Although it has no LGBT characters, CBS’s The New Adventures of Old Christine is one that queer audiences should be checking out — for several reasons.
This sharply written sitcom about a divorced mother (Julia Louis-Dreyfus) who lives with her brother, recently married her female best friend and is oftentimes too closely involved in her ex-husband’s life (whose new girlfriend is also named Christine, hence the show’s title), kicked off its fourth season last fall.
Speaking by phone from Los Angeles, series creator Kari Lizer recently talked to us about how Christine came to be, and the surprising lack of controvery the show’s same-sex wedding generated.
After having a semi-successful acting career up until she turned 30, Lizer turned to writing with the intent she’d write acting parts for herself. Instead of acting gigs, however, her comedic writing got her noticed and a career was born when she was hired to write for USA Network’s Weird Science.
She eventually landed a job as a writer/producer on the uber-gay Will & Grace, where Lizer stayed for four years before she ventured into the treacherous world of television development with a project starring Anne Heche that never went beyond the pilot stage.
“[After that project] it was really trying to find something for me that felt authentic," said Lizer, "and obviously going to the well of my own circumstances. There’s a lot to draw from there.”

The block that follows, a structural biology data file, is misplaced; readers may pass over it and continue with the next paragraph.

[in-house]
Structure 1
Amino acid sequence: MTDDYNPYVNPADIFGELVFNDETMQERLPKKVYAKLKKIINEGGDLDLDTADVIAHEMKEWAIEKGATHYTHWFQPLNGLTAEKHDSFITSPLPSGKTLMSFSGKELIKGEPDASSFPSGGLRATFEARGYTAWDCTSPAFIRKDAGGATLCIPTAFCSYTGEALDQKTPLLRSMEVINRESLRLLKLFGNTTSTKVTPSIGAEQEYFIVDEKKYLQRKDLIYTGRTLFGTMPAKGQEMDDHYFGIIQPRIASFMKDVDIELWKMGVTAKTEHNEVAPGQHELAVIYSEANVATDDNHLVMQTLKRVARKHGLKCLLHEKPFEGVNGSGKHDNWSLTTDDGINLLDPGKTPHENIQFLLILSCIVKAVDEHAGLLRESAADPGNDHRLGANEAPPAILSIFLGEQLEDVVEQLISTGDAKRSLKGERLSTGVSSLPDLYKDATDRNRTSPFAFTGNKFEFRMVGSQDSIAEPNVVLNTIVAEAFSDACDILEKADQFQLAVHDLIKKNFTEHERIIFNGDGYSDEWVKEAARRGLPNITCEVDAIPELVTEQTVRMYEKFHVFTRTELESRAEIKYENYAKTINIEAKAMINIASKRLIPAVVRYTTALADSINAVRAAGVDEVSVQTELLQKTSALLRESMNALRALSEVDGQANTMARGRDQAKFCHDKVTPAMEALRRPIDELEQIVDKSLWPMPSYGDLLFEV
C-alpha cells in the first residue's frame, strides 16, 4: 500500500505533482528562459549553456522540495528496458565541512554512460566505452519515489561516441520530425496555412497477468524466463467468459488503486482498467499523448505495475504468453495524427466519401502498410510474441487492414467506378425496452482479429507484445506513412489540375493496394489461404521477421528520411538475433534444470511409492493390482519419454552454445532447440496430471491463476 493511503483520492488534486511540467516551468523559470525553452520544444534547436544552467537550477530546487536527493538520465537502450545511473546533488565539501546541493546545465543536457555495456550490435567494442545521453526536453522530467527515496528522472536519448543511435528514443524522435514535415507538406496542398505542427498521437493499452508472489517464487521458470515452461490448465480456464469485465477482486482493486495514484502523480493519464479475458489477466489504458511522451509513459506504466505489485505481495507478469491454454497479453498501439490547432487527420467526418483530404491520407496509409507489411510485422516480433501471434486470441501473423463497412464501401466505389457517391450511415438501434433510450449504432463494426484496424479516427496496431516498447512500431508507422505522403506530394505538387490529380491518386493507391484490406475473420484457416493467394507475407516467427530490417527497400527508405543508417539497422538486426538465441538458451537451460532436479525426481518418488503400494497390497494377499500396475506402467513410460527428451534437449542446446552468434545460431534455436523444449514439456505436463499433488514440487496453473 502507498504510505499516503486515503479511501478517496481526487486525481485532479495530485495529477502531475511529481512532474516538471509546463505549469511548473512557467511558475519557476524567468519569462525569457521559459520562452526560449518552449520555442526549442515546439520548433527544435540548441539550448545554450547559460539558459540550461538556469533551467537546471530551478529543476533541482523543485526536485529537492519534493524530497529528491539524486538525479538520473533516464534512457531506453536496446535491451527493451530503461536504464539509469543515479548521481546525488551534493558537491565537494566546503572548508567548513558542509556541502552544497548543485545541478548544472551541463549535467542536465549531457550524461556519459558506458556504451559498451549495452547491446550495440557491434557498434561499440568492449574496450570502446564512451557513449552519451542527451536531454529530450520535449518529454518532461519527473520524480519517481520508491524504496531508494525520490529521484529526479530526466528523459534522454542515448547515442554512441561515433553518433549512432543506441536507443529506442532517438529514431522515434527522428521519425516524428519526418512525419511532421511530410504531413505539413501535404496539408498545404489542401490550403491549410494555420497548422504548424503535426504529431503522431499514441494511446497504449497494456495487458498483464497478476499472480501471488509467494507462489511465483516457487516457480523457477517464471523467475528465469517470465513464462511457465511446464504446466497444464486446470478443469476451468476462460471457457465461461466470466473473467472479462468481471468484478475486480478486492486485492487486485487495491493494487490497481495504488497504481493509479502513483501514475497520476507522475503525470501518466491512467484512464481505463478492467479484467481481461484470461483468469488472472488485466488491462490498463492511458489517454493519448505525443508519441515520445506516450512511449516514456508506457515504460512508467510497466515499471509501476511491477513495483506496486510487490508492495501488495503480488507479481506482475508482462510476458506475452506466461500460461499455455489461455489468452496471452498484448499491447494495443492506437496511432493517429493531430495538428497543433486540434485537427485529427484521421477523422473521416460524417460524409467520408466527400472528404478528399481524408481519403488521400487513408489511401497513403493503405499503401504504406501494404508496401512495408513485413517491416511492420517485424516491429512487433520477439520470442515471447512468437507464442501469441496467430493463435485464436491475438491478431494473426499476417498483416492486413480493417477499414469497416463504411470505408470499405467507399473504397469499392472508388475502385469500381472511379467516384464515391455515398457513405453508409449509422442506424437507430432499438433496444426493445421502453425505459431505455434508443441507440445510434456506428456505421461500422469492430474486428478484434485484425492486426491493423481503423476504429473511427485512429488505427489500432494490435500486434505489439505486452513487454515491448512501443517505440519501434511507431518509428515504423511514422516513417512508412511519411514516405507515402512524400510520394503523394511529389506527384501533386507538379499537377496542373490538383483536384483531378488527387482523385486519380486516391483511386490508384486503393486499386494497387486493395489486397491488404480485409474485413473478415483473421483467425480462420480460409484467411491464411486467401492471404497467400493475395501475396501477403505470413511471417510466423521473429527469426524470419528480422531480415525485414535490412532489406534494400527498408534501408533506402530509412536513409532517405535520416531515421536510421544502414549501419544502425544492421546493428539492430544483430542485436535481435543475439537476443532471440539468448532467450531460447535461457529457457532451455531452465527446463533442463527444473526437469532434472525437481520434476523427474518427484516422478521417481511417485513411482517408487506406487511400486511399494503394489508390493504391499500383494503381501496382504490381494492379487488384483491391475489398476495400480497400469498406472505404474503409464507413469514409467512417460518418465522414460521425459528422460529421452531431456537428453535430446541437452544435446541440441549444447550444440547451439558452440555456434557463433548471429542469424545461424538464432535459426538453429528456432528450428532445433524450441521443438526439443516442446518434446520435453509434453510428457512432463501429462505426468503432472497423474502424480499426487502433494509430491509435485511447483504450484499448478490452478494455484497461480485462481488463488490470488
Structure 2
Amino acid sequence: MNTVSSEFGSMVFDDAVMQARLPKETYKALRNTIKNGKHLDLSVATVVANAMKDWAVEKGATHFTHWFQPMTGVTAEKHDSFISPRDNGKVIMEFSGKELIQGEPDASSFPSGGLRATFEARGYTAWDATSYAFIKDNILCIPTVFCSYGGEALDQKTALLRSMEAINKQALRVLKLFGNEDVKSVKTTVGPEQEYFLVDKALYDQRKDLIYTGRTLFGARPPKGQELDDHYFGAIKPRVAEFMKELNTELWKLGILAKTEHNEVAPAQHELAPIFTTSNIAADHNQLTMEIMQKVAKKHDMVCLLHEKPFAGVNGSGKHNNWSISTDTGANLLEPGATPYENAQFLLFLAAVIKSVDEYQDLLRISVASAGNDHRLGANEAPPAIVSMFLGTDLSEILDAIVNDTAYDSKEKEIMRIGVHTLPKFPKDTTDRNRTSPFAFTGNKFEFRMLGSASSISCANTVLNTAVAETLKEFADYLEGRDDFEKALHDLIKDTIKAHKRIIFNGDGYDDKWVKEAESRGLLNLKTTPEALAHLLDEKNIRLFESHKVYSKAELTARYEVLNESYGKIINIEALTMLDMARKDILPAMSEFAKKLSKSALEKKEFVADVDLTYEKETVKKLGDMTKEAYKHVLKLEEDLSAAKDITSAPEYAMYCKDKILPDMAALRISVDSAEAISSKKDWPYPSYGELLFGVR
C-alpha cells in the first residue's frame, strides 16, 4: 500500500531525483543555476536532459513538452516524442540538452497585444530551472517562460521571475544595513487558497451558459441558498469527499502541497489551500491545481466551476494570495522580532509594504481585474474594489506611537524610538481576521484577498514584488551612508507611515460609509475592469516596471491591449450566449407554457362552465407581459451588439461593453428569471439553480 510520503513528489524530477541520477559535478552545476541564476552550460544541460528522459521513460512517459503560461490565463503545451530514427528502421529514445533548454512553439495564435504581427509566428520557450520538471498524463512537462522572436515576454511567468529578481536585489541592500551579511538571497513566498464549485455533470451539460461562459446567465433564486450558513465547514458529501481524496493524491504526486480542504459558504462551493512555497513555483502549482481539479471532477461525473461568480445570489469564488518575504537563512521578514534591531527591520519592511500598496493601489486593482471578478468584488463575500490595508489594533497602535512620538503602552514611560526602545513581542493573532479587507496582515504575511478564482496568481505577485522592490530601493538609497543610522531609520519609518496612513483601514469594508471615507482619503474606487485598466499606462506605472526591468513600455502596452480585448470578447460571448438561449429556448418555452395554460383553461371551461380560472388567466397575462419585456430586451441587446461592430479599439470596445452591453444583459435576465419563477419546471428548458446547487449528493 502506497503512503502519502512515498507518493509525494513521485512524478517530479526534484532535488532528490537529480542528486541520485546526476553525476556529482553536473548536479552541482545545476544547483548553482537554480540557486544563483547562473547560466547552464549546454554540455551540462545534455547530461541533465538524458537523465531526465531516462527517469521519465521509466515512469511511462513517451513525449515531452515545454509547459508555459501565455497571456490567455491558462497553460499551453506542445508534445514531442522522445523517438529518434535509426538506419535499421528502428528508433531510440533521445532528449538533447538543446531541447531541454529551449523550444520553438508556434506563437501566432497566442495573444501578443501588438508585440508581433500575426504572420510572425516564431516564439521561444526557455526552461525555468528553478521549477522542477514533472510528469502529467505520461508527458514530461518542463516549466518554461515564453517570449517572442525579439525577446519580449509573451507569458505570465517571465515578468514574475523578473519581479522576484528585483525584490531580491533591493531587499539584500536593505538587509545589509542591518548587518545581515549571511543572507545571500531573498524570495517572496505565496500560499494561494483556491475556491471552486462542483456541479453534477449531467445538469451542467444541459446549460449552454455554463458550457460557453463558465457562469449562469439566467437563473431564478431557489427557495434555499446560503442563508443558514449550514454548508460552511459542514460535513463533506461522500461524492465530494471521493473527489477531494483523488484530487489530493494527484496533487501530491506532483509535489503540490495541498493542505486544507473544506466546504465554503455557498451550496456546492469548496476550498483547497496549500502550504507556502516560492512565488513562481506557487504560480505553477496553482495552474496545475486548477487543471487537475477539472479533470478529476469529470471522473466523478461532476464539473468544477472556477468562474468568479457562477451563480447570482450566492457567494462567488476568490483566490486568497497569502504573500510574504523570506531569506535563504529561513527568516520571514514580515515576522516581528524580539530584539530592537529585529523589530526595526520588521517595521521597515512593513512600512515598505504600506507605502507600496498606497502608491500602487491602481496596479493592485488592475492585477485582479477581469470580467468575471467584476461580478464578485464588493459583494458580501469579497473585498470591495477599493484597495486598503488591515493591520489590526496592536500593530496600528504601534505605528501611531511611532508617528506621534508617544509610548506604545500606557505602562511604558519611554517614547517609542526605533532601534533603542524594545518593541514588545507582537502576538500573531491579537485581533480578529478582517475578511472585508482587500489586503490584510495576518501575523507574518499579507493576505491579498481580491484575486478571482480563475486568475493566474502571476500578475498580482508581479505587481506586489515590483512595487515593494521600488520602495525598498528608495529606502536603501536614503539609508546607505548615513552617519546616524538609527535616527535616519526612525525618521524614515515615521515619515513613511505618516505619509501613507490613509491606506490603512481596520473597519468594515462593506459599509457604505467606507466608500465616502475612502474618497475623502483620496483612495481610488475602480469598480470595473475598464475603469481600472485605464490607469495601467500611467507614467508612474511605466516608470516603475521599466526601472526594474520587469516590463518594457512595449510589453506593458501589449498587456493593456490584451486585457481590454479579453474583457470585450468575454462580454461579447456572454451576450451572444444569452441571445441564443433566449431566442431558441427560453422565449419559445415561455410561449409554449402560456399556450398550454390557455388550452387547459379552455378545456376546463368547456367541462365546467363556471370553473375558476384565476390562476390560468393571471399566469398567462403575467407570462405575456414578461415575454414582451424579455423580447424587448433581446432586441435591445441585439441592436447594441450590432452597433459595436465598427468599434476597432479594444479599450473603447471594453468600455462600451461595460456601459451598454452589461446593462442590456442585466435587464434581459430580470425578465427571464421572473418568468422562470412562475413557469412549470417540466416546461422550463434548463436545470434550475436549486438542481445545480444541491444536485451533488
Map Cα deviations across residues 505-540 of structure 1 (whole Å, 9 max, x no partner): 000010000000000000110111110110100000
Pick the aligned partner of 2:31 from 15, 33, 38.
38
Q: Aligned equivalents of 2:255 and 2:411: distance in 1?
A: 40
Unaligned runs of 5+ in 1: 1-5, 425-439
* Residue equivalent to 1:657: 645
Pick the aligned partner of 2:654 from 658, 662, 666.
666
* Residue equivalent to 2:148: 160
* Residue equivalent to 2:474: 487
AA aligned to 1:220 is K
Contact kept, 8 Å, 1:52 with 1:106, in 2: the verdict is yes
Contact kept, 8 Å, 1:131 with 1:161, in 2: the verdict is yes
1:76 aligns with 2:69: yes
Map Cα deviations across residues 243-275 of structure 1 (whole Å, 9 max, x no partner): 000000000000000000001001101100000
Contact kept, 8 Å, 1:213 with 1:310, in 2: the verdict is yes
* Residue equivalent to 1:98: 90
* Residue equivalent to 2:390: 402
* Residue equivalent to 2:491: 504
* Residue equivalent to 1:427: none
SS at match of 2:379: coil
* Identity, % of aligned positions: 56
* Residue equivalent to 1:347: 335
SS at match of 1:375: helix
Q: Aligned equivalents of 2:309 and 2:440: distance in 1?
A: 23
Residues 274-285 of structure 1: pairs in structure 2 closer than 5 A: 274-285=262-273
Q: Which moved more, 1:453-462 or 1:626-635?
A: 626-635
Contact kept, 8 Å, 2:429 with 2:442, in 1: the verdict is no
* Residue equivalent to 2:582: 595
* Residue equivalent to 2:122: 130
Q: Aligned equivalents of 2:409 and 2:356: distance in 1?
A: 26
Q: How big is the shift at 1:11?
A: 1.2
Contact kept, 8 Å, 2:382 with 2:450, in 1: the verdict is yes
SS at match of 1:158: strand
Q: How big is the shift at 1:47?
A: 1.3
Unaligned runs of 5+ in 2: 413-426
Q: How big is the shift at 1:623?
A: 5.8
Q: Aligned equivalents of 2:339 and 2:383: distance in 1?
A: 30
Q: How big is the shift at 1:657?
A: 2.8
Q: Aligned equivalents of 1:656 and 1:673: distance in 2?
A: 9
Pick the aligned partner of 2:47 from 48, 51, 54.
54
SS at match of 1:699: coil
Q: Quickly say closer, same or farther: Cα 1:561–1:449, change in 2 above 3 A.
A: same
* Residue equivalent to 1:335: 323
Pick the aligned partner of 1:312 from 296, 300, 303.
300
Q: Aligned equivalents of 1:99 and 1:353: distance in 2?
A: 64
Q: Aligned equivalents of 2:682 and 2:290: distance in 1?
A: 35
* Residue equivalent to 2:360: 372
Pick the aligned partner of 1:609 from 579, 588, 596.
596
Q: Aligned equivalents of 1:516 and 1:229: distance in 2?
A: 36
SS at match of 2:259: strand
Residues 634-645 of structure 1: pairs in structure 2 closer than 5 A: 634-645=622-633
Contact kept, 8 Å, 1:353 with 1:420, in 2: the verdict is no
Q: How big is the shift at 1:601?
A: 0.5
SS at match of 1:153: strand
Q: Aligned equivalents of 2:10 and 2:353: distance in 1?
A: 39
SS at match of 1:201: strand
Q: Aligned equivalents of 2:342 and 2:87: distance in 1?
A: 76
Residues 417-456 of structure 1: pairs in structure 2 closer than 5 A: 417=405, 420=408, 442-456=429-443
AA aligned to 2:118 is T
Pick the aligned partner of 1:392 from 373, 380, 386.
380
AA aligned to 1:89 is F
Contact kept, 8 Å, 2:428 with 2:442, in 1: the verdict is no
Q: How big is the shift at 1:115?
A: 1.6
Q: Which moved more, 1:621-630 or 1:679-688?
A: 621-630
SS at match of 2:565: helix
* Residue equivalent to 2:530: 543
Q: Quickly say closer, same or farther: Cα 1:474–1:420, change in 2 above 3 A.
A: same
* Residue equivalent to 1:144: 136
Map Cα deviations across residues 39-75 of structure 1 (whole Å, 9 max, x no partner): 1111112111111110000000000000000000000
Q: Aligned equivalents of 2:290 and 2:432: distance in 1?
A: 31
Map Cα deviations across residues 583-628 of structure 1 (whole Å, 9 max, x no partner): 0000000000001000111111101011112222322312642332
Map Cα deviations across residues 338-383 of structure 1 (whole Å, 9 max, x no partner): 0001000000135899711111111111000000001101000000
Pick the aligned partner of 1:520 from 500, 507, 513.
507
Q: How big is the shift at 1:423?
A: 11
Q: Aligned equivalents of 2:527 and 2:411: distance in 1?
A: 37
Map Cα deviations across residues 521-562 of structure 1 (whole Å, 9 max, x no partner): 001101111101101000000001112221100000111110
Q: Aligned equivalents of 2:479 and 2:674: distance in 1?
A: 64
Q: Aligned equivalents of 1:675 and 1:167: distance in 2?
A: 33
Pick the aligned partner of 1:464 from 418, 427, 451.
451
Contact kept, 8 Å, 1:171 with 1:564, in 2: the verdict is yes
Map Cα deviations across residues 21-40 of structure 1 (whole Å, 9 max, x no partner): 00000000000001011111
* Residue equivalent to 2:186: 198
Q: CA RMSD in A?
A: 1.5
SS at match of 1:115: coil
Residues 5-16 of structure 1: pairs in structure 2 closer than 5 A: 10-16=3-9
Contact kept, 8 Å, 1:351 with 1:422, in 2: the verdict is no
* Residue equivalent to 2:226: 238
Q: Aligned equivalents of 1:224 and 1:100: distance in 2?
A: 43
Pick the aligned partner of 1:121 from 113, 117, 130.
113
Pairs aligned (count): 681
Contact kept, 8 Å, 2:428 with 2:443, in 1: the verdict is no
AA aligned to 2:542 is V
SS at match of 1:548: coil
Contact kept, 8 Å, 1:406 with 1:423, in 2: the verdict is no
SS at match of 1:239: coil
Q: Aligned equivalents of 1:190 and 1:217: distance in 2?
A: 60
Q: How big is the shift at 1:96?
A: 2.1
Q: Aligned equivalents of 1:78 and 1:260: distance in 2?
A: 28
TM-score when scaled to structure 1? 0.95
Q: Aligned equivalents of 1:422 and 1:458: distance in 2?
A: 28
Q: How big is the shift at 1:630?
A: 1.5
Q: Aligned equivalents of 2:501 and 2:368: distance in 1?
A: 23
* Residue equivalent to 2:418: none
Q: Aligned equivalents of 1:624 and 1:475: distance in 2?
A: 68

Enter The New Adventures of Old Christine, a sitcom about the world of divorced mother Christine Campbell (Julia Louis-Dreyfus), which draws on Lizer’s experience as a divorced mother of three.
Christine would garner strong ratings soon after its 2006 premiere by not only squashing talk of the “Seinfeld Curse” (where any subsequent project by Seinfeld cast members was doomed to fail) but by seeing Louis-Dreyfus go home with the Best Actress Emmy for her role.
Going into its fourth season last fall, two big weddings were a part of the landscape — the long-awaited nuptials between Christine’s ex, Richard (Clark Gregg) and “new” Christine (Emily Rutherfurd), which is set to air this spring, and the wedding in the season premiere between Christine and her best friend and business partner, Barb (Wanda Sykes), just prior to the passage of Proposition 8 in California.
Barb (Sykes) and Christine (Louis-Dreyfus) get married
Barb isn’t gay, but she married Christine in order to stay in the country (her character is a resident of the Bahamas).